Fenway tries again to cash out LPs in its 1998 fund

  • Fenway works on liquidity process for Fund II
  • LPs must decide whether to approve the deal
  • Past processes have collapsed

Perhaps the third time will be a charm for Fenway Partners.

The firm is trying for at least the third time to give LPs in one of its older funds the option to cash out of the pool. Fenway had explored two other separate restructuring processes, but both fell apart.

This time, the firm is shooting for a less ambitious target. It has lined up Hollyport Capital, a London secondaries firm, to buy interests from existing LPs in Fund II, a 1998 vintage with about $75 million of gross asset value, according to two people with knowledge of the process and to Fenway’s Form ADV.

Fund II raised $909 million, making it one of the larger funds in that era. Fund II was generating a 4.9 percent net internal rate of return and a 1.24x multiple as of Sept. 30, 2017, according to  Oregon Public Employees Retirement Fund.

Existing LP stakes would be sold at a discount, though it’s unclear what pricing looks like. Priced into the deal is an obligation the GP owes existing LPs for taking a share of fund profits too early, known as a clawback, sources said.

It’s not clear whether the transaction is structured as a tender offer, with LPs simply choosing to sell their stakes in the fund, or if it’s a restructuring in which Fund II assets will be moved into a special-purpose vehicle with existing LPs deciding whether to cash out or roll their interests into the new vehicle.

Fund II LPs are currently deciding whether to approve the deal, sources said. It’s not clear if an adviser is working on the process.

Fenway Managing Directors Richard Dresdale and Peter Lamm did not respond to an email request for comment. John Carter, chief executive officer of Hollyport, said, “we do not comment on media speculation.”

Last year, a much broader restructuring process of Fenway’s second and third funds collapsed because LPs were not happy with the steep discounts offered on their fund stakes, sources previously told Buyouts.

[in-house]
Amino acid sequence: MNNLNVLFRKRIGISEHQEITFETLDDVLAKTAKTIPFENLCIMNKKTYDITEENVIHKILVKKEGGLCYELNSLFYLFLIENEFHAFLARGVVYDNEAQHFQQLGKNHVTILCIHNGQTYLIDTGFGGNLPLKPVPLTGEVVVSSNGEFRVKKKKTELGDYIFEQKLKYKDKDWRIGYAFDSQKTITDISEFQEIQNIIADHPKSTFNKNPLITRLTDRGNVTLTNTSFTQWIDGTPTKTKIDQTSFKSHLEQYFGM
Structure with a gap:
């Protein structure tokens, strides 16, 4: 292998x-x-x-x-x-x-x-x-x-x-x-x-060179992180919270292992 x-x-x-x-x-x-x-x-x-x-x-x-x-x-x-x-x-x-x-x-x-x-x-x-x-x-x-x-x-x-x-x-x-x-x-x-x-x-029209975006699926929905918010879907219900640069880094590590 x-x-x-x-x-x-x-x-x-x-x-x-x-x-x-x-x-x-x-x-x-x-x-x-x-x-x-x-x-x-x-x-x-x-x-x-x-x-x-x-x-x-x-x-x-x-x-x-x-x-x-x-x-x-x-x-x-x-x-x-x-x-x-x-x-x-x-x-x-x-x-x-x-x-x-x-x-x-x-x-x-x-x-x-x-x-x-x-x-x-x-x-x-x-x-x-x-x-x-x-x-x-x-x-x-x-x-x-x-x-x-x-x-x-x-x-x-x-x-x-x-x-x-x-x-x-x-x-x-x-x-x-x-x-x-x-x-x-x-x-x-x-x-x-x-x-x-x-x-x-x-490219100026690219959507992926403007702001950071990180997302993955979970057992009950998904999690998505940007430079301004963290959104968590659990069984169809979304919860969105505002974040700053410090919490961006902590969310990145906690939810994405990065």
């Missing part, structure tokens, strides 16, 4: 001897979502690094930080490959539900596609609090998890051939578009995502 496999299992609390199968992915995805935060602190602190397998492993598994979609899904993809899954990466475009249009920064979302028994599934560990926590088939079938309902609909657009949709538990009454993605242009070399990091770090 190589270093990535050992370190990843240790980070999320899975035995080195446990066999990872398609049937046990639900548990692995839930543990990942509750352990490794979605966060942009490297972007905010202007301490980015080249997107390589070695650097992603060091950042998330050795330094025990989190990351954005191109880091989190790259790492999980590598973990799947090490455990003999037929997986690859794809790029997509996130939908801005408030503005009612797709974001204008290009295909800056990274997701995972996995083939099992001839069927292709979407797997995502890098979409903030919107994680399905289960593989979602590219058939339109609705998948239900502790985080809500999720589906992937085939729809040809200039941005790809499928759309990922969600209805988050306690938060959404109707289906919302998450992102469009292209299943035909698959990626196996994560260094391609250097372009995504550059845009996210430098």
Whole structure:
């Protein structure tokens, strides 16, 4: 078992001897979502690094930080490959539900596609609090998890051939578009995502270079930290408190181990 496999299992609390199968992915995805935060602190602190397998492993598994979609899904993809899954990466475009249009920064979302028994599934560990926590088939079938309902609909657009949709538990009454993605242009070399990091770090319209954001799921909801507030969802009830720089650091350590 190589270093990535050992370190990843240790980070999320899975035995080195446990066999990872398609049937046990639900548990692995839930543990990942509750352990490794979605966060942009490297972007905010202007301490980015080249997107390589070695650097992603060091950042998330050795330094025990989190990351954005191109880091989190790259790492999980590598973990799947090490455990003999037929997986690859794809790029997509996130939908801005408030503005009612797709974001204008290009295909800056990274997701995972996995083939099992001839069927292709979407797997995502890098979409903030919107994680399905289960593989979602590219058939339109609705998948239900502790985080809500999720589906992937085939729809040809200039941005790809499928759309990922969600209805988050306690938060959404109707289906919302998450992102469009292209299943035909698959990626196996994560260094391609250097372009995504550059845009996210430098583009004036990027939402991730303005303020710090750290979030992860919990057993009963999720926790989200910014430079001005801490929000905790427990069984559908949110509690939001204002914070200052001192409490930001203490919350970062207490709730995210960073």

LPs also were frustrated with the lack of a status-quo option in the process, which would have enabled them to stand pat on the terms they originally committed to, sources said.

Prudential was set as the buyer in that process, which was run by Moelis & Co. Pricing on the process looked like this: For Fund II, the offer was 42 percent of net asset value as of year-end 2016; for Fund III, the offer was 65 percent of NAV as of year-end, a source said at the time.

Fenway raised about $700 million for Fund III in 2006. That pool was generating a 3.6 percent net IRR and a 1.24x multiple as of Sept. 30, 2017, Oregon said.

Prior to that, Fenway and Fortress Investment Group ended talks on a fund-restructuring process for Funds II and III in 2015, the Wall Street Journal reported. Moelis ran that process as well.

Fenway lists four active investments on its website: American Achievement, which makes “achievement products” like class rings and yearbooks; sports-equipment maker BRG Sports; Fastfrate, a transportation and logistics company; and Preferred Freezer Services, which builds refrigerated warehouses. Fenway acquired BRG and American Achievement in 2004, which would appear to make them Fund II investments.

Principal owners of Fenway Partners LLC are Peter Lamm and Gregg Smart. As of Dec. 31, 2017, Fenway managed $428 million of discretionary assets.

The firm and several of its partners settled with the SEC in 2015, agreeing to pay a combined $10.2 million to investors harmed by its failure to disclose payments to an affiliated consulting firm. The firm and partners didn’t admit or deny wrongdoing.

Action Item: Check out Fenway’s Form ADV here: https://bit.ly/2EEjdzI

Boston Red Sox batter David Ortiz stands in the on-deck circle in Game 4 of their American League Division Series against the Oakland Athletics, at Fenway Park in Boston on Oct. 5, 2003. Photo courtesy Reuters/Brian Snyder